“I worked at Don Post studios, and we made the original mask they used for Halloween. One of the [Halloween 4] producers brought a mask out for me. It was pink with white hair. And I thought, ‘That isn’t quite the mask, but we’ll work around it.’ So, I got hired. I asked, Don Post, Jr., when he redid for us, to use the Shatner mold because we wanted the actual true face. I didn’t get a chance to see those masks until we actually got on set. I opened the box and there were six of them. They were all pink with white hair. I was going, ‘This is not right. This is supposed to be white with brown hair.’ I told the producer this should be changed.”
Horn, of course, was charged with making those changes, and while he did his best not all of the masks were fixed. That’s why Michael suddenly seems to have a pink face and blonde hair during the school scene when he throws Loomis through the door. Director Dwight Little chalks the mistake up to a late night, tired crew and lack of funds to fix it in post once the mask mix-up had finally been noticed.
7. A Fangoria writer saved the makeup technician’s job
Sticking with Ken Horn’s Back to the Basics: Making of Halloween 4 interview, the Michael Myers mask was continually altered throughout production, mostly at the behest of the producers who knew enough to know the mask they had didn’t look like the one John Carpenter and Debra Hill got to play with. So, one day in-between takes a producer asked Horn to make the mask’s eyes bigger, and he explained, “There’s no way I can widen the eyes and change the filter within three minutes of when we’re filming because if we do the glue would be fresh and Tom [Morga] underneath it would actually faint and fall over and kill himself.”
Morga backed Horn up, and the producer relented. There was no time to safely make the change that day. However, that was the final straw for the producer, who later fired Horn in front of the entire crew. What he forgot, though, is a Fangoria writer was visiting the set that day. Moreover, this writer knew Horn and was sympathetic to the stress he was under. So, went to the producer with an ultimatum: either rehire Horn immediately or Fangoria will do nothing to help promote the movie. Horn quickly got his job back. Morga, on the other hand, was eventually fired for good and replaced with George Wilbur.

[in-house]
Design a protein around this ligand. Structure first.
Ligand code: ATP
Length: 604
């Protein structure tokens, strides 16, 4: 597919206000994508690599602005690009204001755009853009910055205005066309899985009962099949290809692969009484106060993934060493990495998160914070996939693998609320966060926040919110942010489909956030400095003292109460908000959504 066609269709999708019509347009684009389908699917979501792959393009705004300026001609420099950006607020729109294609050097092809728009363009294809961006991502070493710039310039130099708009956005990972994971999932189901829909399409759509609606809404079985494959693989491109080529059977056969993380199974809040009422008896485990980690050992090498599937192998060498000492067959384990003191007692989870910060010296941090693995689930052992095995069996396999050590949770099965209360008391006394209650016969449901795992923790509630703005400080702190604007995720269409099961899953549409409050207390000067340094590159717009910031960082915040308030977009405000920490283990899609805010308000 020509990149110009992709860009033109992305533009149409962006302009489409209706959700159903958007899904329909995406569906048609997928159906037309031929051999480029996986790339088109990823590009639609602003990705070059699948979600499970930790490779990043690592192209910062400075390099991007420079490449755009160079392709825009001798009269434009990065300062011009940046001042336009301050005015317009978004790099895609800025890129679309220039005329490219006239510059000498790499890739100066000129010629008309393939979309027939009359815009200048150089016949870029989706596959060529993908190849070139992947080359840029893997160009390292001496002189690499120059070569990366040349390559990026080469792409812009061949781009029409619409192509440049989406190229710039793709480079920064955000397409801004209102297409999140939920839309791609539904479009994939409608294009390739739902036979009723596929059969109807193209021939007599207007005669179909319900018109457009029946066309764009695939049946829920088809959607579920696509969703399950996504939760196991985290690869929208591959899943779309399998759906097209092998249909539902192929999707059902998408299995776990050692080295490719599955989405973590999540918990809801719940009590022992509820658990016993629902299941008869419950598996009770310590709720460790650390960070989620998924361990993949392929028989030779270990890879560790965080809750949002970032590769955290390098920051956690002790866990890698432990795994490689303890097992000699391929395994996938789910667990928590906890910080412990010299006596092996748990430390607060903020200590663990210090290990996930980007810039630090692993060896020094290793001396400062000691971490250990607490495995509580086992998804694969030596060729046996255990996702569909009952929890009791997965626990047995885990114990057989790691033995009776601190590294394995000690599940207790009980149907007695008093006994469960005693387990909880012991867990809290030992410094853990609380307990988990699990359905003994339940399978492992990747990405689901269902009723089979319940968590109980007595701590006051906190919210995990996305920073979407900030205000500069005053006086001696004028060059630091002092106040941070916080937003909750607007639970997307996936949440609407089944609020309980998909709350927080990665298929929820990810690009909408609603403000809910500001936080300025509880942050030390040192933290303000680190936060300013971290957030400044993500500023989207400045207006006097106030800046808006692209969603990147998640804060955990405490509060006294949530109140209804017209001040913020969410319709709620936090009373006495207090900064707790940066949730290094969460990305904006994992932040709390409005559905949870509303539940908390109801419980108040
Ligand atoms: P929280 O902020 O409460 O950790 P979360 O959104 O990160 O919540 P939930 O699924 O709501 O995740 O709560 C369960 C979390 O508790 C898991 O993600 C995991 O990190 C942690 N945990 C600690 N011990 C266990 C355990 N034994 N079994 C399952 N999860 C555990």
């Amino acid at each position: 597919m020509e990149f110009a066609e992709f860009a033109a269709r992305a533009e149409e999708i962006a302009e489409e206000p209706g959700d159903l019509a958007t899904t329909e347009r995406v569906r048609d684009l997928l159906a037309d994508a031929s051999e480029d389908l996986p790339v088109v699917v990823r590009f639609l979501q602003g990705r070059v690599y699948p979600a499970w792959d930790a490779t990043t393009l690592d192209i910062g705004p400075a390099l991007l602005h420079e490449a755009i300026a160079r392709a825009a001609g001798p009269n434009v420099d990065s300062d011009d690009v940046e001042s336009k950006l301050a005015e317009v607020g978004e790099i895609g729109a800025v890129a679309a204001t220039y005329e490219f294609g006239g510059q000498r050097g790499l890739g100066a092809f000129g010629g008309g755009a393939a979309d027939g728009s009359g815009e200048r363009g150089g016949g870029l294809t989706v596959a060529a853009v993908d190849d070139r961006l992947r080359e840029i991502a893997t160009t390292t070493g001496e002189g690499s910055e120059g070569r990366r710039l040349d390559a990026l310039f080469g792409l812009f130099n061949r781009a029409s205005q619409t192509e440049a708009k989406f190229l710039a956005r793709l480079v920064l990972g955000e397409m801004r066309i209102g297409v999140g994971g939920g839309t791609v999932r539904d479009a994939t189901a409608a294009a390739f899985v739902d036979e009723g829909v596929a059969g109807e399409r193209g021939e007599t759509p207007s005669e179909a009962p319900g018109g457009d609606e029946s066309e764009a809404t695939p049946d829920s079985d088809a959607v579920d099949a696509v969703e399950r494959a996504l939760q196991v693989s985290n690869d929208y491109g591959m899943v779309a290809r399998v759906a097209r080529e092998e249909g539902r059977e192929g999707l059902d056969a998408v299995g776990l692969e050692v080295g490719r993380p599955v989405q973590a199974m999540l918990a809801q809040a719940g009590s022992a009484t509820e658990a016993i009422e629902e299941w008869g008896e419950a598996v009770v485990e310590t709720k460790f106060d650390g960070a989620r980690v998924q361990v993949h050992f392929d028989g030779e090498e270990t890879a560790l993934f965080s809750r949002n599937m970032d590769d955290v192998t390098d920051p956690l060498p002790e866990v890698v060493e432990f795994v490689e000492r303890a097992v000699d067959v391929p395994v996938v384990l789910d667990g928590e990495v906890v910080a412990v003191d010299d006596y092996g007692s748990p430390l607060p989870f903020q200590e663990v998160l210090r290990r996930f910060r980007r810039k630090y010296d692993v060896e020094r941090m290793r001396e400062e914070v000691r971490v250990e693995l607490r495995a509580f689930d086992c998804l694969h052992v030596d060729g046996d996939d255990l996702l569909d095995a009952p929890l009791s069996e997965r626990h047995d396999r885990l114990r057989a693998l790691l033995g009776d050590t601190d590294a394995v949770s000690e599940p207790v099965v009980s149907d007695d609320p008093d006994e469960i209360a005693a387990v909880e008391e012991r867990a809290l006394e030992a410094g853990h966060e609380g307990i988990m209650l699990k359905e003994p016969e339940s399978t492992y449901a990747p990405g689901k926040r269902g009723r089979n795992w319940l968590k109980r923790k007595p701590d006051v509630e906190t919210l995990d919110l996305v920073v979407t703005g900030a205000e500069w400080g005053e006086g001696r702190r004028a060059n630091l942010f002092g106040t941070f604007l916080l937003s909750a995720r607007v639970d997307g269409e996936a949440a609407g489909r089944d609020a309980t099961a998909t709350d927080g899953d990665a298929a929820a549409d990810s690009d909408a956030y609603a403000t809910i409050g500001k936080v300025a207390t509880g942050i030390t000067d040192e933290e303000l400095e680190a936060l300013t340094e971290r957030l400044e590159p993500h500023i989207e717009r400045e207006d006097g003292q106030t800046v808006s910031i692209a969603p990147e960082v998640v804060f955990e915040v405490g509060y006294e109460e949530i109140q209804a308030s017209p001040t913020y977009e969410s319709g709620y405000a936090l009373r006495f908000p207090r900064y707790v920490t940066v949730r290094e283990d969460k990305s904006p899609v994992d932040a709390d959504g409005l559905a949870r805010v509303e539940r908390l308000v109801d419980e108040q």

That’s Hollywood for ya’. Horn had seen enough, though. After Halloween 4, he retired from working on movies.
8. The neighbors called the cops out of concern for Danielle Harris
For the first time in franchise history, filming ventured outside of California (due to rising production costs) and ended up in Salt Lake City, Utah where the residents weren’t quite used to the artifice of a film production. As Danielle Harris reveals in 25 Years of Terror, when her character runs through the town screaming for help someone legitimately called the cops, “I was banging on doors, yelling for someone to help me, help me, after I got lost trick or treating or something. So, 4 o’clock in the morning, they’re hearing a little screaming up the streets, and someone called the cops. The cops came. Then the story ended up in The Inquirer that I was almost kidnapped off of the set.”
9. Much of the gore was added through reshoots
Similar to Halloween 2, Return was originally made in the mostly bloodless spirit of the original. Then the producers freaked out and demanded more gore. So, suddenly Michael needed to stick his thumb through someone’s head, rip another guy’s throat out and crowbar someone to death. Moustapha Akkad, famously squeamish about blood in real-life, was on set for the reshoots shouting, “More blood, more blood, more blood.”
- BOX OFFICE: $17.7m domestic
- BUDGET: $5m
- CONTEXT: Halloween 4 pulled off the rare horror movie treat of not only opening at #1 but staying there in its second weekend. Because of that, there’s this impression the movie was a massive hit. It wasn’t. Its total was a 30% decrease from the last Michael Myers movie, Halloween II, despite costing 50% more to make. Moreover, Michael’s grand return couldn’t beat Jason’s seventh movie (New Blood grossed $19m that year) and wasn’t even in the same league as Freddy’s fourth movie (Dream Master grossed $49m in ‘88). But, hey, at least Return was more popular than other ‘88 horror sequels like Poltergeist 3 ($14m) and Hellraiser 2 ($12m).
- INFLATION: With the benefit of 2017 ticket prices, Halloween 4 would have grossed $38m, which is The Boy ($35m)/Ouija: Origin of Evil (also $35m) territory for today’s horror movies.
Next time, I’ll tell you about how close they came to killing or at least seriously injuring poor little Danielle Harris in Halloween 5: The Curse of Michael Myers.
If you liked this also check out my prior trivia lists about the Friday the 13th and Nightmare on Elm Street franchises, and you can always circle back around to see my other Halloween trivia articles.
Any corrections or questions? Let me know in the comments.